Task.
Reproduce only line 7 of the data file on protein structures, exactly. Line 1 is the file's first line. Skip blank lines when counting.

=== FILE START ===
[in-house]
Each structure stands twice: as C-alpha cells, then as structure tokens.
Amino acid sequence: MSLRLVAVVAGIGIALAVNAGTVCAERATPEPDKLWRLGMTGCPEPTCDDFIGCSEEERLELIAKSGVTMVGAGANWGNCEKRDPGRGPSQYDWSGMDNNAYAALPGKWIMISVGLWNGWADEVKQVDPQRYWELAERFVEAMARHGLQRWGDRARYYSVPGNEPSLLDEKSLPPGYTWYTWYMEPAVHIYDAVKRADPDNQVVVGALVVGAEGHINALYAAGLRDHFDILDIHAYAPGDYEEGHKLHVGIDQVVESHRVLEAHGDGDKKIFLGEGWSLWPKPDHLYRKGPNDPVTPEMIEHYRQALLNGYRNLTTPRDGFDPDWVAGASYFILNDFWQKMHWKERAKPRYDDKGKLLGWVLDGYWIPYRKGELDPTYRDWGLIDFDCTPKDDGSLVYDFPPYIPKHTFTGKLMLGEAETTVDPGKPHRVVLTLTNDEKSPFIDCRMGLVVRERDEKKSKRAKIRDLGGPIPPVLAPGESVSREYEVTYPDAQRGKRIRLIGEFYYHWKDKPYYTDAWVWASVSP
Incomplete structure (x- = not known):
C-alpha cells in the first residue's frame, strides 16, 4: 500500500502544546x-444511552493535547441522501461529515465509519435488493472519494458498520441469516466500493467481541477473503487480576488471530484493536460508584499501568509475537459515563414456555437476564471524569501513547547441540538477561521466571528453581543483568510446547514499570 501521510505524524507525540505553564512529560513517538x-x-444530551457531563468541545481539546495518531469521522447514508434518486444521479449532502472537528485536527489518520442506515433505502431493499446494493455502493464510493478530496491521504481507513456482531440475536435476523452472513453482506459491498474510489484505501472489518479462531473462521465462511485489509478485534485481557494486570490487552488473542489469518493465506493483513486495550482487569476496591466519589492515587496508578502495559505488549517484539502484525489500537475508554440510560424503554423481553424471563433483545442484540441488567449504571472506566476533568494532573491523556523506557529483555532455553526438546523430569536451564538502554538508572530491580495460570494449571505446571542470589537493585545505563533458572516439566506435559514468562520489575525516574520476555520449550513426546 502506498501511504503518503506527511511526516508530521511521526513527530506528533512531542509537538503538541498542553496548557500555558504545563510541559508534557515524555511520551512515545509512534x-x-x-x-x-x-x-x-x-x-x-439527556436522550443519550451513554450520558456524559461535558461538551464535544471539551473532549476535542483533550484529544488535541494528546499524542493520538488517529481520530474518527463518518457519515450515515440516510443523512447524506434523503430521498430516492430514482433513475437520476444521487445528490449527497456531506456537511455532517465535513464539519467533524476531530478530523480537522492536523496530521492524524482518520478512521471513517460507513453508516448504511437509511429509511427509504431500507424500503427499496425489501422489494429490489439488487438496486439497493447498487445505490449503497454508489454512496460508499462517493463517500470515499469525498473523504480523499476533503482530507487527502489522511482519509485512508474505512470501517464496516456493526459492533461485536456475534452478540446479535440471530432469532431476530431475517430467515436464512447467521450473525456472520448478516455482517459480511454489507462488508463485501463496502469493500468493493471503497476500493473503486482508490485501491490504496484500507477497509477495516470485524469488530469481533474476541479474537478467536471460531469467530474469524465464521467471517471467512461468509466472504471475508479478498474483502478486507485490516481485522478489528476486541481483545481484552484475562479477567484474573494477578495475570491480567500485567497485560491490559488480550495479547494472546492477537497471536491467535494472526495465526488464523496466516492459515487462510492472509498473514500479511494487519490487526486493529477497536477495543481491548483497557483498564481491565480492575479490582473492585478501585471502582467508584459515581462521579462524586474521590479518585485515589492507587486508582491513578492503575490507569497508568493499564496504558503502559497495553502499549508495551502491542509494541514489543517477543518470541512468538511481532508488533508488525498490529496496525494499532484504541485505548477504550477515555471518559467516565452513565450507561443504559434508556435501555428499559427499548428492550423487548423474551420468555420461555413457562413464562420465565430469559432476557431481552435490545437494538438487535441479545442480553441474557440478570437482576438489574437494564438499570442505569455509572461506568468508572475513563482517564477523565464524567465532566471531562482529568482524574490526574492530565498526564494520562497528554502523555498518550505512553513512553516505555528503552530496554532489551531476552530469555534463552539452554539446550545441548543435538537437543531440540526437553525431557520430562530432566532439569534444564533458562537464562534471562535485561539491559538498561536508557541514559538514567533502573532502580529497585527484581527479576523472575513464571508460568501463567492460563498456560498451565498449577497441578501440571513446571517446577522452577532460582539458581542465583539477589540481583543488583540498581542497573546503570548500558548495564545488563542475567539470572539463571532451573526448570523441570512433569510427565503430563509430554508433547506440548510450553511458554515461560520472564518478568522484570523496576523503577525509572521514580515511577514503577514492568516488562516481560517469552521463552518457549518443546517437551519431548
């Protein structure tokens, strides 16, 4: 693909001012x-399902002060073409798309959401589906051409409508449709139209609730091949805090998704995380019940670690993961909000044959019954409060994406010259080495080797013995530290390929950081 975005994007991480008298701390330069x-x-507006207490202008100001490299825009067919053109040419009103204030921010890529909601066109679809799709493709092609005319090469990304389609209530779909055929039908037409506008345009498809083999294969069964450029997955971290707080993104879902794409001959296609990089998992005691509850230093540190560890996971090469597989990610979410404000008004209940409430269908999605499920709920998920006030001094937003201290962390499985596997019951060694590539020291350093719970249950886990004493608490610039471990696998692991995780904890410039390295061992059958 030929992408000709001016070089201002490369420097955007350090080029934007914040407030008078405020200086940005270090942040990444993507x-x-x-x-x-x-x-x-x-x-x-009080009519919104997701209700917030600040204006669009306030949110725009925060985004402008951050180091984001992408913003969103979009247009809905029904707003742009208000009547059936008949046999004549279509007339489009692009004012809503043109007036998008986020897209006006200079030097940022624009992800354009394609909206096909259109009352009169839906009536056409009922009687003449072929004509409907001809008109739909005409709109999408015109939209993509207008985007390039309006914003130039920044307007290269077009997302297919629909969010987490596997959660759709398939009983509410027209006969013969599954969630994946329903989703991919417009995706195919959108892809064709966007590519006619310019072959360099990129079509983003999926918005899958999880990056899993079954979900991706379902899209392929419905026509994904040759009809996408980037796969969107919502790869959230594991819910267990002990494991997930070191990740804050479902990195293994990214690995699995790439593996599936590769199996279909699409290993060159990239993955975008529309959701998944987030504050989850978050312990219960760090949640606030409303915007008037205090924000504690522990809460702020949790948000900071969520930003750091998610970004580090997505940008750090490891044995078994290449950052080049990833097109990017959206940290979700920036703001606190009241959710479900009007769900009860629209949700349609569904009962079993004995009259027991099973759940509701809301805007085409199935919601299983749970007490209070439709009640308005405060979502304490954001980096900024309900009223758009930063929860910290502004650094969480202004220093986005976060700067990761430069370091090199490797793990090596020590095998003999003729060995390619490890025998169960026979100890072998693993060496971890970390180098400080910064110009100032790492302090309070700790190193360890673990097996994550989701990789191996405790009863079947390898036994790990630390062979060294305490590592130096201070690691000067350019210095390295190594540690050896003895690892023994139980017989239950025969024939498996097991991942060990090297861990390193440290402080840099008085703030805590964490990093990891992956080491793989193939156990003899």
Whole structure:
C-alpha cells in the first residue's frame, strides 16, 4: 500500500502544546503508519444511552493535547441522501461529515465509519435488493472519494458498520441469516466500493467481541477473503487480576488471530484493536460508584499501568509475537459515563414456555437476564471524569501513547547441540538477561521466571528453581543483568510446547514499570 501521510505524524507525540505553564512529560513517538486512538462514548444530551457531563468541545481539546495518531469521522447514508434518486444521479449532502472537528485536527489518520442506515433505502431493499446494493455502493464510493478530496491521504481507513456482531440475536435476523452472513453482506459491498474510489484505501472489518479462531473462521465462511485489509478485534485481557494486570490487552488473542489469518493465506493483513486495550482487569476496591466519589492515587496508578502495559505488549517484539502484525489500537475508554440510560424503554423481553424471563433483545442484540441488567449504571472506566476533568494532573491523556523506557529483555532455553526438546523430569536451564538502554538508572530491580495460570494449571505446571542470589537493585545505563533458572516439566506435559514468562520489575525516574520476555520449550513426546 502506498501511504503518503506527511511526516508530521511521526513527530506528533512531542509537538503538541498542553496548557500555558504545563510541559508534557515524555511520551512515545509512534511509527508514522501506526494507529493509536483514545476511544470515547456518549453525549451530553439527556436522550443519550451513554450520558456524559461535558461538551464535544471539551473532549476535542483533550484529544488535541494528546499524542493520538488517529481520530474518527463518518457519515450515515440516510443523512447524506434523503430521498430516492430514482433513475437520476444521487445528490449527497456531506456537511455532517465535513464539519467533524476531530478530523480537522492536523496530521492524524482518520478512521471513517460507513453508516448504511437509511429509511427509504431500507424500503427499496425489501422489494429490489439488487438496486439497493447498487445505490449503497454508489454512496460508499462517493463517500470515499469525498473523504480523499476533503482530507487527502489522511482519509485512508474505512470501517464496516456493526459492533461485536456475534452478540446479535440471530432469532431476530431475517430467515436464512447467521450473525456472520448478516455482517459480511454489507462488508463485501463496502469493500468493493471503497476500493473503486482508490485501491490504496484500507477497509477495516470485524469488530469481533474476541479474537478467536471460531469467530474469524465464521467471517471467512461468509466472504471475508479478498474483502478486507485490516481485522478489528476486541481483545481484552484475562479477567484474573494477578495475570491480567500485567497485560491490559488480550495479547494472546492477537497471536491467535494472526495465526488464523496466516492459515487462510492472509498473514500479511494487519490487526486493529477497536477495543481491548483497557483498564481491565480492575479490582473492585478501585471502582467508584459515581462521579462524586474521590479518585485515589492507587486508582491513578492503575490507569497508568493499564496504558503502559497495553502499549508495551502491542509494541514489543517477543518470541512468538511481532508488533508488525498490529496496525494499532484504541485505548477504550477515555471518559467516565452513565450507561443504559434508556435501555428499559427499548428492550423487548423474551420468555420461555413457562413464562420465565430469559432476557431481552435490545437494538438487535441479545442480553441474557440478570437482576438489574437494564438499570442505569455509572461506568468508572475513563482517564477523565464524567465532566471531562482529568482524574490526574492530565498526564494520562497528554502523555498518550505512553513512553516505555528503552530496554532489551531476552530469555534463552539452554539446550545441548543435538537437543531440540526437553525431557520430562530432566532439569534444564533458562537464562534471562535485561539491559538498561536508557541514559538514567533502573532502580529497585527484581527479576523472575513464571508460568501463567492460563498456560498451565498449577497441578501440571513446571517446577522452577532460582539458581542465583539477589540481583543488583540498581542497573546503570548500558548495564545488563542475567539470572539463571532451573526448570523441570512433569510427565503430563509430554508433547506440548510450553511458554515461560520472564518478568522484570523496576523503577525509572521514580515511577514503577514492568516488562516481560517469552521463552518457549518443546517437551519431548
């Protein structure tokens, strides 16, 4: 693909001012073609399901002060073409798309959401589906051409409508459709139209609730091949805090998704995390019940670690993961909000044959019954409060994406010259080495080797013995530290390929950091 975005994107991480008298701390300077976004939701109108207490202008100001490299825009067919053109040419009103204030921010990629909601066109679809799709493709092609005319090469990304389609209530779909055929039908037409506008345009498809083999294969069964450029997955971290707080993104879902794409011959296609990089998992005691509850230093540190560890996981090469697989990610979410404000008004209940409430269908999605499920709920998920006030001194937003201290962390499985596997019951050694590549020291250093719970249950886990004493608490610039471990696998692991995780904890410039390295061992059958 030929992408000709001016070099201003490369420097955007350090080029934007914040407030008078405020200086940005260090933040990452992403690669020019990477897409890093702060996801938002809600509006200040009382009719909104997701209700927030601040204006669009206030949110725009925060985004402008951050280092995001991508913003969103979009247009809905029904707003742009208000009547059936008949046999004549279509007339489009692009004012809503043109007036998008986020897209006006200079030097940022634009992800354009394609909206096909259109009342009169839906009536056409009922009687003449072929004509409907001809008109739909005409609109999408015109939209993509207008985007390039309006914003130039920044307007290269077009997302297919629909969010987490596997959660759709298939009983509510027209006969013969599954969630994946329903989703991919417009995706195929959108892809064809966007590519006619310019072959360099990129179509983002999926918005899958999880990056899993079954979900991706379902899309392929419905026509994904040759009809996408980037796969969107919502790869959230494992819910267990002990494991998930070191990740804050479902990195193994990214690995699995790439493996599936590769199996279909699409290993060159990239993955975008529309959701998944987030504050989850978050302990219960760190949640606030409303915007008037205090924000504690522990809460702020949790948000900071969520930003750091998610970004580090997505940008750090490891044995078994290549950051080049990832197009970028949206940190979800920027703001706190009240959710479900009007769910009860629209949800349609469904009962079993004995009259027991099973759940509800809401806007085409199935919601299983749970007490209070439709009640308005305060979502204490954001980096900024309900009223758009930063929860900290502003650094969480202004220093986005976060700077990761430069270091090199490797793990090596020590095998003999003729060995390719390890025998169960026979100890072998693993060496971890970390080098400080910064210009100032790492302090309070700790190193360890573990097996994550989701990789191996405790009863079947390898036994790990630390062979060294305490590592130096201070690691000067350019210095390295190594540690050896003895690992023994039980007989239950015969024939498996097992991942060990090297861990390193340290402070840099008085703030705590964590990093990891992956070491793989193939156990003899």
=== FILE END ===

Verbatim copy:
Whole structure: